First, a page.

Okay, appointments. Because, yep, this is also the season when my lads make the rounds of their various doctors. The allergy team (twice, in two cities), the hematologists, the coping clinic, the various labs and clinics that administer the tests that need to be done before the actual chat with the doctor (because the "let's test, and see what turns up and THEN talk" line is not so very useful when you have to wait a month or six to have an in-person conversation), and oh yes. The pediatrician.
Last week, we began. Skin testing for the Toddles on Monday (two boys! tiny room! no scratching allowed!), and pharmacokinetics* for the Eldest on Wednesday. And while the skin testing was mercifully brief, the 'kinetics took - always take - all freakin' day. 7.30 am we put in the pair of IVs, 3pm we staggered (okay, I staggered) out to the elevator. But if I could've scripted them, the two days could not have been better.
We walked into Monday after the Eldest took a firm stance on the question of skin testing: it is, he shrieked, unbelievably painful. He handed out protest leaflets to the Toddles, and had to be taken aside, firmly, and told that it is not okay to freak out the kid before testing. Not going to help. Just going to make him scared, and fear = pain. Got it? Begrudgingly, the Eldest got it.
And forgot it.
I prickled my nails on the boys' backs, demonstrating the test. A stomp and roar later, the Eldest had been collared and exiled to his room, there to brood on the unfairness of the mama and the cruelty of the medical world. And the Toddles, close to tears, snuggled with me and read a book about a kid afraid of needles. I'm going to do that, he told me, pointing to a page. I hugged him, and braced for the morrow.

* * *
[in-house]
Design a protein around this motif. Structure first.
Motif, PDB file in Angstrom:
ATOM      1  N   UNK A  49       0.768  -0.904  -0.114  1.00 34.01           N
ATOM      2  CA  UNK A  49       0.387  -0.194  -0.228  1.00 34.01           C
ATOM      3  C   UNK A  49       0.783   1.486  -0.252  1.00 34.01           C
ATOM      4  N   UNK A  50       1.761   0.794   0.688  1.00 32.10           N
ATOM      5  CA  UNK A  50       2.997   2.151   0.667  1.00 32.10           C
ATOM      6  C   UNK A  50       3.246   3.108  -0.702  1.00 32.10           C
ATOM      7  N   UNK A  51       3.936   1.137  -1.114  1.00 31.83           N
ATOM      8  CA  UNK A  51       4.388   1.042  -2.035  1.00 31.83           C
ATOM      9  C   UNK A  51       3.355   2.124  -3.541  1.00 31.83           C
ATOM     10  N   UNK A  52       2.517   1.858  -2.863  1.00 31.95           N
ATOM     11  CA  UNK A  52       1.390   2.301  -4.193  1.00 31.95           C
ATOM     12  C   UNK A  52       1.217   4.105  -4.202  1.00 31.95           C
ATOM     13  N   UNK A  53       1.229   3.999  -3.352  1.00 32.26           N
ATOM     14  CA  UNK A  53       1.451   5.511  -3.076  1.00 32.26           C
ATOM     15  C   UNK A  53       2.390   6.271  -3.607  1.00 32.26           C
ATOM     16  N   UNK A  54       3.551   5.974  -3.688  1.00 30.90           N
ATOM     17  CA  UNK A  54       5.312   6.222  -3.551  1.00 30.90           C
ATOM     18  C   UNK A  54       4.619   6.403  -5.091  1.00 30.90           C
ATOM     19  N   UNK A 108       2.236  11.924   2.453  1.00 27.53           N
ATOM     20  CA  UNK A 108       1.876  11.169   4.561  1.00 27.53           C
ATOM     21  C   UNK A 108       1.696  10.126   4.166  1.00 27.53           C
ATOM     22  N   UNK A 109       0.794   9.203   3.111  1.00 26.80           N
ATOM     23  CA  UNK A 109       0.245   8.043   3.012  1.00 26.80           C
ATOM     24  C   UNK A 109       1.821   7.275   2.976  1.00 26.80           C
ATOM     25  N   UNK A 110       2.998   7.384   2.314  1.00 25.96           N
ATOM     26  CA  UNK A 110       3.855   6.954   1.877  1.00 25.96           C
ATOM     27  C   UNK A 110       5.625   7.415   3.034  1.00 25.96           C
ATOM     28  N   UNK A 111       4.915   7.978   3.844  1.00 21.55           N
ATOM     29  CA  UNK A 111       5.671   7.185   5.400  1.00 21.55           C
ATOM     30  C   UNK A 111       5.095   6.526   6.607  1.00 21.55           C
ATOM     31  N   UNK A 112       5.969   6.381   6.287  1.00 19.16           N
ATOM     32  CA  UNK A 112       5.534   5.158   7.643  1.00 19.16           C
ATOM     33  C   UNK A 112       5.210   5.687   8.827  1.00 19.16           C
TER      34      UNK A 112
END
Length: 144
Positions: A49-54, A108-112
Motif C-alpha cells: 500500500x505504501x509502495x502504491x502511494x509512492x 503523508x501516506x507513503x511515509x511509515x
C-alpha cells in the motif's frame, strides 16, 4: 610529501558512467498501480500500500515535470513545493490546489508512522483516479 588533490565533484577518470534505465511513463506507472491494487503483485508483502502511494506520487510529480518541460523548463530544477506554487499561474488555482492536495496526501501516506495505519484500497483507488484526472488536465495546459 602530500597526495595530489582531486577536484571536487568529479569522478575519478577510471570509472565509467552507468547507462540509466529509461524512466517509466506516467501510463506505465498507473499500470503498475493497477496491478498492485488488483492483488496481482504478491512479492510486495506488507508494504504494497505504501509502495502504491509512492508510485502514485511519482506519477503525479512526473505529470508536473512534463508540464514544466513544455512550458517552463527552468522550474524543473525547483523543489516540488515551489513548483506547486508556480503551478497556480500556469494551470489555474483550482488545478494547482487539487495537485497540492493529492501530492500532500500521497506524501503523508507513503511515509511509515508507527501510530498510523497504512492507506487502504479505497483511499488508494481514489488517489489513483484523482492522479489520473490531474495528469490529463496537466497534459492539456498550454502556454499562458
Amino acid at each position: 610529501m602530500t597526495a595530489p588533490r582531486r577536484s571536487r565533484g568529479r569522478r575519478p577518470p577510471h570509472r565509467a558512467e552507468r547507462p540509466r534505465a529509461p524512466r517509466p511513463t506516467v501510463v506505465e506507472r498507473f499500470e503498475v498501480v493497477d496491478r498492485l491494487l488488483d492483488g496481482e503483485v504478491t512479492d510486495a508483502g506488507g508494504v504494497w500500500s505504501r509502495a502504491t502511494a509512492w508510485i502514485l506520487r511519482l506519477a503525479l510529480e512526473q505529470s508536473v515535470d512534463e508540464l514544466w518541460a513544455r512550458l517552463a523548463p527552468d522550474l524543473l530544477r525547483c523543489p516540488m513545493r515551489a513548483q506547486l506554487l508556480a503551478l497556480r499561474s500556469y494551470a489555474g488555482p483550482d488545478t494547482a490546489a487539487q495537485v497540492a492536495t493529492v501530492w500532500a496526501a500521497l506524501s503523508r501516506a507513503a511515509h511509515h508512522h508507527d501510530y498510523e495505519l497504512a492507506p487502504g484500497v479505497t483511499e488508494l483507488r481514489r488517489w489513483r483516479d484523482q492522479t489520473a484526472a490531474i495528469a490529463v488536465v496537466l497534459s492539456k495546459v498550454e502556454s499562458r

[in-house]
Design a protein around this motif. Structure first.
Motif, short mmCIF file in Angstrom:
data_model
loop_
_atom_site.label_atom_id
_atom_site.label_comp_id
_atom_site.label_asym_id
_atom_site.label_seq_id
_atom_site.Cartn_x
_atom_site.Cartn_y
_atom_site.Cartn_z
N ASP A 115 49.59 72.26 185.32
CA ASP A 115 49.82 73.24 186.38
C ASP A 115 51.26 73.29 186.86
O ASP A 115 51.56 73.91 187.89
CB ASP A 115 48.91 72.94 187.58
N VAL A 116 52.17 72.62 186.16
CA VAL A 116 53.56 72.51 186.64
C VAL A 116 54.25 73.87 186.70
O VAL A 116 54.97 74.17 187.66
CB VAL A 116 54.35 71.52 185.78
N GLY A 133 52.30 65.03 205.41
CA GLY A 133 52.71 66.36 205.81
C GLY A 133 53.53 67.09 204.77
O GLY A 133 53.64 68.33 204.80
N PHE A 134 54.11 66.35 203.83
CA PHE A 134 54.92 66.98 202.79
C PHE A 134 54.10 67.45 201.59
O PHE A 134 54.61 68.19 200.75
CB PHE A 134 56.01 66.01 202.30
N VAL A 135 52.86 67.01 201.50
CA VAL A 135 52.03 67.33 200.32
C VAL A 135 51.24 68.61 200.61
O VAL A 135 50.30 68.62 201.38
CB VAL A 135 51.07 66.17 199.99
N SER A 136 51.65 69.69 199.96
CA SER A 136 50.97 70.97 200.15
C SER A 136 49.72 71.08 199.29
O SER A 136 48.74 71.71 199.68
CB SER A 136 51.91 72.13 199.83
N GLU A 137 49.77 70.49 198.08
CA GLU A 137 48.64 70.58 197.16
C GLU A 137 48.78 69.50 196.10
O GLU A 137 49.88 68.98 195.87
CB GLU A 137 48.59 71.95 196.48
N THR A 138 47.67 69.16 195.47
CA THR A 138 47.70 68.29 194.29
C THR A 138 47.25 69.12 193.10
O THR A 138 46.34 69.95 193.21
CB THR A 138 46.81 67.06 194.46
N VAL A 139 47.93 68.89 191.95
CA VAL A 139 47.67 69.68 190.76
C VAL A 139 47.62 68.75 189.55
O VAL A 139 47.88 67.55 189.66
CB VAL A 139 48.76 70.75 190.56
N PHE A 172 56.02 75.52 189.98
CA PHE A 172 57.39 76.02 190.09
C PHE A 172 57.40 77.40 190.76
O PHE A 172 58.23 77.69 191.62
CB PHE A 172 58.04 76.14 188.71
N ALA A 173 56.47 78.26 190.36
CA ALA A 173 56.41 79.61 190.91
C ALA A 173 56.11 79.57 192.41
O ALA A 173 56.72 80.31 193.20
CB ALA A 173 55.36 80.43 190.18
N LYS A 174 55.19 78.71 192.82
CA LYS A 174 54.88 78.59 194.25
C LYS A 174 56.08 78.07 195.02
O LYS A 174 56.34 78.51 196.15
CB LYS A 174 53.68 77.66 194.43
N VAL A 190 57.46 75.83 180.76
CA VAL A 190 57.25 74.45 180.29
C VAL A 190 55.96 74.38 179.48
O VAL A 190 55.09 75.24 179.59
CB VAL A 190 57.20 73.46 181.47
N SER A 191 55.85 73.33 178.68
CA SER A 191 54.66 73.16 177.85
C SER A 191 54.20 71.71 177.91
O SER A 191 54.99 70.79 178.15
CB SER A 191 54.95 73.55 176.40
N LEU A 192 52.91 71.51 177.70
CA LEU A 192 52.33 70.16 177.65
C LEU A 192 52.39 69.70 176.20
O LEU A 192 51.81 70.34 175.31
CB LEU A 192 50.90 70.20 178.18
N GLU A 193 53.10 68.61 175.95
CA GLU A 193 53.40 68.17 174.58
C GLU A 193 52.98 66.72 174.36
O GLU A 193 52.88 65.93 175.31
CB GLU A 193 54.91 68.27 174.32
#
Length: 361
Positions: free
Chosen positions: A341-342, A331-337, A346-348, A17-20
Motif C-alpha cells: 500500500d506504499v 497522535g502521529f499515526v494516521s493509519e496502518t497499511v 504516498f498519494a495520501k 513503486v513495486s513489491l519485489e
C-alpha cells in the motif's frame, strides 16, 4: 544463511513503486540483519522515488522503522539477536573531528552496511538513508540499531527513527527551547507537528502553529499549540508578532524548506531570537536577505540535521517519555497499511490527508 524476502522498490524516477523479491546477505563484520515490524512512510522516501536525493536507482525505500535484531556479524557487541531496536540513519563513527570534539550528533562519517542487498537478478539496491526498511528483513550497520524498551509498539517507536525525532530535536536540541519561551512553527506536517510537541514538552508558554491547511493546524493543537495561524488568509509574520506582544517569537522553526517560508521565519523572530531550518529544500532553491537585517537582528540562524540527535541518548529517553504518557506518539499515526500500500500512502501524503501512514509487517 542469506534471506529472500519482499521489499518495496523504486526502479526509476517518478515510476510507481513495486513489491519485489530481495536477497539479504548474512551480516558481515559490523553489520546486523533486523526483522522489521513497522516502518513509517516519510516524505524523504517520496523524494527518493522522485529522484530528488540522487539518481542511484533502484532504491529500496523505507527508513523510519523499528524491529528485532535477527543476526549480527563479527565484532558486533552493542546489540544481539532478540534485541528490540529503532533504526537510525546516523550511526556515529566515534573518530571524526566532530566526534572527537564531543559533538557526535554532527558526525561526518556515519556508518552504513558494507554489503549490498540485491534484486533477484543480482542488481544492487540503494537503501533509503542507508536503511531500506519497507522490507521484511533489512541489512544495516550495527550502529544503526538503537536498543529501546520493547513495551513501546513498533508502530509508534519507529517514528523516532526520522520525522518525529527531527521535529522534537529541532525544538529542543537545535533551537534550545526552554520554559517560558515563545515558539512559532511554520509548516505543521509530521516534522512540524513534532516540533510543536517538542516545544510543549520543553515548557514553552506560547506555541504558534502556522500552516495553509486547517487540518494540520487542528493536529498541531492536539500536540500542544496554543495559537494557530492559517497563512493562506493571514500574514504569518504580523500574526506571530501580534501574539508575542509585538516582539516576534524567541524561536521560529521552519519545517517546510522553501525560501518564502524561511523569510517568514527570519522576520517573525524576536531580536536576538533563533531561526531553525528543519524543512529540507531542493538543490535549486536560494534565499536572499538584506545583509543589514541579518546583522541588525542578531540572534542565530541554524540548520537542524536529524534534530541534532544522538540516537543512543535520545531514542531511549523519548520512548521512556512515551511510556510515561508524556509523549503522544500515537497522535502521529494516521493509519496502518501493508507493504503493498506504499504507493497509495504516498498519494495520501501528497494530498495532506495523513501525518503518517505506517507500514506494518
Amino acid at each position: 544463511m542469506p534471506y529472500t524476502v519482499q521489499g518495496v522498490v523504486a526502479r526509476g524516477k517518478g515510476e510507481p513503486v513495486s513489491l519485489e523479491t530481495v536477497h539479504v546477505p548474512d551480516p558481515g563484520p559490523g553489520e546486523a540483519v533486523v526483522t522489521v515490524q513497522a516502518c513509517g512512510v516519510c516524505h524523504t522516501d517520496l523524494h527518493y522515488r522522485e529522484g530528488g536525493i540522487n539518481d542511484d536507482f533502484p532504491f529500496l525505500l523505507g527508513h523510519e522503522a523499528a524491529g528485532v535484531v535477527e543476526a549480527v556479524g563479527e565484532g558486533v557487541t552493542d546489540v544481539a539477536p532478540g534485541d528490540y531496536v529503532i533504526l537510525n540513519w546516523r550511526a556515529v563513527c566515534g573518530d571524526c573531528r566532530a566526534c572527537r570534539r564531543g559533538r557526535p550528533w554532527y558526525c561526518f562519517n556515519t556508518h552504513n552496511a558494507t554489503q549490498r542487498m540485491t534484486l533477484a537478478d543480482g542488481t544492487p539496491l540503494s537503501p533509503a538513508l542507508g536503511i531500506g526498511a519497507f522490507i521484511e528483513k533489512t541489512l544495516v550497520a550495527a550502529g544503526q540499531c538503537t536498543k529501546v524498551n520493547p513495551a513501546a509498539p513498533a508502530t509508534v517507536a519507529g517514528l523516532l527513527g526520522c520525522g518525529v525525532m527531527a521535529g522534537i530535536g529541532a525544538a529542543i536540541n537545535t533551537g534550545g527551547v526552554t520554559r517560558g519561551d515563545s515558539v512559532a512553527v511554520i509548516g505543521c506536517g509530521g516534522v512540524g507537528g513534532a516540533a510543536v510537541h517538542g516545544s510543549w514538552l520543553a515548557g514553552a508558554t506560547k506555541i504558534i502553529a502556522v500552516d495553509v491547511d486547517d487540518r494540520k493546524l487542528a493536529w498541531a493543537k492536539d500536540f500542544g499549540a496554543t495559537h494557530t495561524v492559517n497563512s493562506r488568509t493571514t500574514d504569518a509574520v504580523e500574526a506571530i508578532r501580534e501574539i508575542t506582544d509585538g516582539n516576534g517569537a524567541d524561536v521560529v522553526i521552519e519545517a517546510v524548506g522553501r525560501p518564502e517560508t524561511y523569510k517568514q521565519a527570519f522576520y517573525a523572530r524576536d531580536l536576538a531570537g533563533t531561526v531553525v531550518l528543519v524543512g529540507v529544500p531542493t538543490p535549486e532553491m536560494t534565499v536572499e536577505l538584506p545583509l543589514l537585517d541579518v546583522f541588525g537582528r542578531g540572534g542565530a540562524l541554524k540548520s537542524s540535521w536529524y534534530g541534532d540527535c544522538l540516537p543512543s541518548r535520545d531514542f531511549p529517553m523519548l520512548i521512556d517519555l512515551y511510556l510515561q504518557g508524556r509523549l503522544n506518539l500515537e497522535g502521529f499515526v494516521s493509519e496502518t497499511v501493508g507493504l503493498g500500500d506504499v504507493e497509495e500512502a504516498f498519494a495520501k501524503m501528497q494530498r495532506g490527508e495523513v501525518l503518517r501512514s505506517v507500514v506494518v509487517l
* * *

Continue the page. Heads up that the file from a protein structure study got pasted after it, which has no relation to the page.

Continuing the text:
When the Eldest blinked, looking up from his book. Are they going to do the skin testing soon? he asked. His brother gave him a fabulously incredulous look. The testing is done, he said. And it didn't hurt a bit!
In the corner, I did not smile. Nor did the corners of my mouth twitch. (heh)
And then it was the Eldest's turn.
If the Toddles shone on his day of trial, the Eldest was allowed to stand in one spot, while Children's flung glittering confetti at him. Because this was the day when the Big Apple Circus clowns visited the infusion/boring long test room, and taught the kid a magic trick.
Where there was a paucity of delight, there was a splattering paint machine, a child life person to keep the paint a-flowin', and nurses who really did not care if we left paint fingerprints on, oh, everything.
and lo, art was made.
The artist in residence stopped by to keep the creative juices flowing, but she was asked to wait a bit: the boys were busy eating the special batch of allergy-friendly french fries that the cafeteria's head chef had made for them. Because, y'know, one must have priorities.
Happily, she understood that. And waited until oh, there were rich watercolors on thick smears of crayon and happy paintbrushing boys.
Oh, had I been able to script this day - this pair of days - it could not have gone better. Children's shone for my boys, and they gleamed right back. We are, I know, absurdly, lushly lucky in the hospital(s) that care for our boys. The reality is the testing, and we'd adapt to that because we must. But the gift is being able to sort of revel in that reality, and to roll around in all of that joy and caring and luxurious resources, IVs, hives and all.
Because it is, after all, the holidays....
* the goal of this test is to see how the Eldest is using his clotting meds. For years, he's had an oddly fast and irregular (but reliably irregular) way of using up his meds, with half of the dose vanishing in 30 minutes, then another half in 2 hours, and so on. By testing regularly, we can adjust his preventative treatment and bleed management to suit him. It's a very good trade-off for a serious PIA day, because in a pinch, I know exactly how to calculate his ability to handle the wallop du jour.